Assessing the Relationship between Entrepreneurial Skills and Inmate Transformation
October 12, 2016
Drs. Jessica Grosholz and Jean Kabongo
Abstract: Over the last decade, the interest in inmate behavior and the reentry process has increased in various business, academic, government, and community circles. In 2014, close to 637,000 prisoners returned to communities throughout the country. Of those released, over half will be back in prison within five years. Research shows that one of the most consistent predictors of recidivism is the lack of stable, quality employment. In order to combat the revolving door of our criminal justice system, it becomes imperative to better prepare inmates for employment opportunities post-prison. This task becomes ever more difficult, as correctional jurisdictions are faced with constrained budgets, with treatment and/or rehabilitation programs experiencing the brunt of these restrictions. Research on prison-based education supports that prison education equips inmates with the intellectual, cognitive, and life skills necessary for successful reintegration into society. Despite the plethora of evidence suggesting that prison education and job training programs in prison are beneficial for inmates, very little research has examined the effect of entrepreneurial training on various outcomes. Because entrepreneurship training provides an alternative career path as opposed to working under supervision, it is more likely to transform prisoners’ attitudes toward themselves, their current situation, and others, thus molding their behaviors in prison and making them opt to live lawfully when they get out of prison. Logic would suggest, then, that self-employment represents a practical method for some prisoners to reenter the labor market. Ultimately, this program evaluation fills a gap in current research and seeks to understand how entrepreneurial skills influence an inmate’s transformation in terms of his behavior, criminal thinking, self-control, and entrepreneurial aptitude. To assess these objectives, we are teaching a 10-week, intensive entrepreneurship course to inmates at Hardee Correctional Institution. We are also conducting focus groups with the students, collecting pre-test and post-test surveys, and engaging in participant observation. Findings generated from this program evaluation will contribute to as well as help expand the scholarship on entrepreneurship programming in correctional facilities. Information gathered from participants will also yield pertinent knowledge about the influence of these programs on inmate behavior.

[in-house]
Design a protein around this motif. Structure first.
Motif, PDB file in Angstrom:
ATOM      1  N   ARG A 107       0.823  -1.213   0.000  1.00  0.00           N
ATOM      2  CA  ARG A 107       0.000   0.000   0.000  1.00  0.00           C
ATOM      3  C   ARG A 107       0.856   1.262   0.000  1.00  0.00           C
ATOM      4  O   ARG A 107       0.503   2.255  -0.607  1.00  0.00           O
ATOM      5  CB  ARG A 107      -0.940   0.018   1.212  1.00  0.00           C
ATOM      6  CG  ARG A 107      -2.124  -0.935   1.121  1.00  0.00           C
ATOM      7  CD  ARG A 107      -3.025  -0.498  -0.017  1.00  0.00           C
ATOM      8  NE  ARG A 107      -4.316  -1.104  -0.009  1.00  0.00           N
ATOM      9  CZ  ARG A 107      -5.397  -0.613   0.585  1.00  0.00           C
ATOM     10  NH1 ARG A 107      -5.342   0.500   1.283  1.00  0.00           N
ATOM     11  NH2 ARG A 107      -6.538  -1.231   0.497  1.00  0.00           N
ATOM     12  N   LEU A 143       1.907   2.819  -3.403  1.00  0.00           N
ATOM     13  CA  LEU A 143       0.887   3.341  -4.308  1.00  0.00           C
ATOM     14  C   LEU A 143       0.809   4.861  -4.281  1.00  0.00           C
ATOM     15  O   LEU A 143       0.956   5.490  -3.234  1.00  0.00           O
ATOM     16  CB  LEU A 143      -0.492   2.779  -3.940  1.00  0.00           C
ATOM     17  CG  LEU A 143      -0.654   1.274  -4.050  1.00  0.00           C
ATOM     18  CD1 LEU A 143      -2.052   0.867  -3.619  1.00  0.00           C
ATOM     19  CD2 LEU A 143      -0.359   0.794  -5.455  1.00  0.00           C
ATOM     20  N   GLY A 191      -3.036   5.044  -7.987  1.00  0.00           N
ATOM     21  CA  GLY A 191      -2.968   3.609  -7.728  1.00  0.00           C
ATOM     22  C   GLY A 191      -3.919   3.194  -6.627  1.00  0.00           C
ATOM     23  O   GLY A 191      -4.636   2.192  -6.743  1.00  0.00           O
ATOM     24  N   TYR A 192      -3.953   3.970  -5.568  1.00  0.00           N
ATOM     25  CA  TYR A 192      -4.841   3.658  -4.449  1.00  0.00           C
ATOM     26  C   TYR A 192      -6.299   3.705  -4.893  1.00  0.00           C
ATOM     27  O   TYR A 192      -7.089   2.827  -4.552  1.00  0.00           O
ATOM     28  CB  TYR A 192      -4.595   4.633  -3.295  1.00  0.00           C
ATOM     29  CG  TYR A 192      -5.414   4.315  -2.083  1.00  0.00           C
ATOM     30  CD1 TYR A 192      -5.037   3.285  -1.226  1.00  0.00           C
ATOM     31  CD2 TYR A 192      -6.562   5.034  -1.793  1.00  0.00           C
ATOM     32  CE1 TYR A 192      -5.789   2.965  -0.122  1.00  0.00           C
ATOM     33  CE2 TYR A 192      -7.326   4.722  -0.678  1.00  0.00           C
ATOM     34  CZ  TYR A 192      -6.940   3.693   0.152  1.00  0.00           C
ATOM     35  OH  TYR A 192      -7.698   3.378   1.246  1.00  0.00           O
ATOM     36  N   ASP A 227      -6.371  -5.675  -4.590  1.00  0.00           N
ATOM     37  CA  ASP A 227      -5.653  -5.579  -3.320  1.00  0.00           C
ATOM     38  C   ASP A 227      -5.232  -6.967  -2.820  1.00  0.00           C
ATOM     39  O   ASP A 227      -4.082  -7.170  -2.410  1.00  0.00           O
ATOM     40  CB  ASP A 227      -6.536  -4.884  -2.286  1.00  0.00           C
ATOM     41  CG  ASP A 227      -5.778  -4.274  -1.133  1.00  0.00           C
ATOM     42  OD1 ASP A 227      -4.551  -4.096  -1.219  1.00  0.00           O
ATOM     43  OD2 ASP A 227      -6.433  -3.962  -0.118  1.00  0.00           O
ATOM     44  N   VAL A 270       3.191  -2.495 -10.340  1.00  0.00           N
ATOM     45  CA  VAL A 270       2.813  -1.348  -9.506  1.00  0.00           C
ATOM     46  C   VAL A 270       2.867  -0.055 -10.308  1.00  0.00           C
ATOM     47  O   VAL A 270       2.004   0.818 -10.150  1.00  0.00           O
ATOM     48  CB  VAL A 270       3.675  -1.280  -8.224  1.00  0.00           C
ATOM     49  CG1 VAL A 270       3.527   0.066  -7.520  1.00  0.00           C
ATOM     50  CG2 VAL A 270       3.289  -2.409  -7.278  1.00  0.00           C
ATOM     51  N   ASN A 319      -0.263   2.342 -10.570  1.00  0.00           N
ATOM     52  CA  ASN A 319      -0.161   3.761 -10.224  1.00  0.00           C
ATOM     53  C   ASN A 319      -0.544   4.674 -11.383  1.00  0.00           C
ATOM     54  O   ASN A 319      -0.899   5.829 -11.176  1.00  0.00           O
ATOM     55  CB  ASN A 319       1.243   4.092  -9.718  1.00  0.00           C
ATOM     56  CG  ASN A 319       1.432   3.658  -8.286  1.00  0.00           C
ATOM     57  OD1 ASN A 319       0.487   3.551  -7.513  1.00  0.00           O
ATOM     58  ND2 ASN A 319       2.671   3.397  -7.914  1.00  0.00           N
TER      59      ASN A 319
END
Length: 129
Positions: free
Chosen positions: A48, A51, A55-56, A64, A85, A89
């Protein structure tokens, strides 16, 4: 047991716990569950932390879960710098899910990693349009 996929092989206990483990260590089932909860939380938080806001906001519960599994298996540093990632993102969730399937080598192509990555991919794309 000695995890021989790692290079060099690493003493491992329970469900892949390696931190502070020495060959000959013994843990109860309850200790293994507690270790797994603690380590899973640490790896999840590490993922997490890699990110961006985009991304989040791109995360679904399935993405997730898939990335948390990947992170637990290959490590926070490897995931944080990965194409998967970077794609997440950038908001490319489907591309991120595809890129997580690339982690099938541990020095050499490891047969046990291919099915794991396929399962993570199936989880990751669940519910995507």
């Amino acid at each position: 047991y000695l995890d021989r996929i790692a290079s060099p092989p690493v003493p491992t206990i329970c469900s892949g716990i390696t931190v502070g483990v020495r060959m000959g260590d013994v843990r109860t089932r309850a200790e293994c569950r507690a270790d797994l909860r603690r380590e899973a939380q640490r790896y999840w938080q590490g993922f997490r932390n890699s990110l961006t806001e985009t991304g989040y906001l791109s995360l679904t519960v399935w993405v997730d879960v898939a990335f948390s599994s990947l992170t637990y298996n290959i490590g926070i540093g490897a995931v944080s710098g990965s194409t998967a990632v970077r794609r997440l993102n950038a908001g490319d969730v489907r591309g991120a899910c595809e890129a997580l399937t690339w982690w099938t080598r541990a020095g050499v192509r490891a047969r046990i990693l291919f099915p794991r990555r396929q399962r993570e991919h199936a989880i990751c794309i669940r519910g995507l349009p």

This study remains in the beginning stages, and we have abundant additional measures that we have yet to fully analyze. We are beginning the next cycle of the project with colleagues in Germany to examine team performance outside of the classroom and have plans to carry out additional field studies as well as experimental research. Thus, ideas and suggestions for strengthening our research will be most welcome.
Integrating the SMAC-Stack (Social-Mobile-Analytics-Cloud) in Big Data Strategies for Agile Business
October 5, 2016
Dr. Bhuvan Unhelkar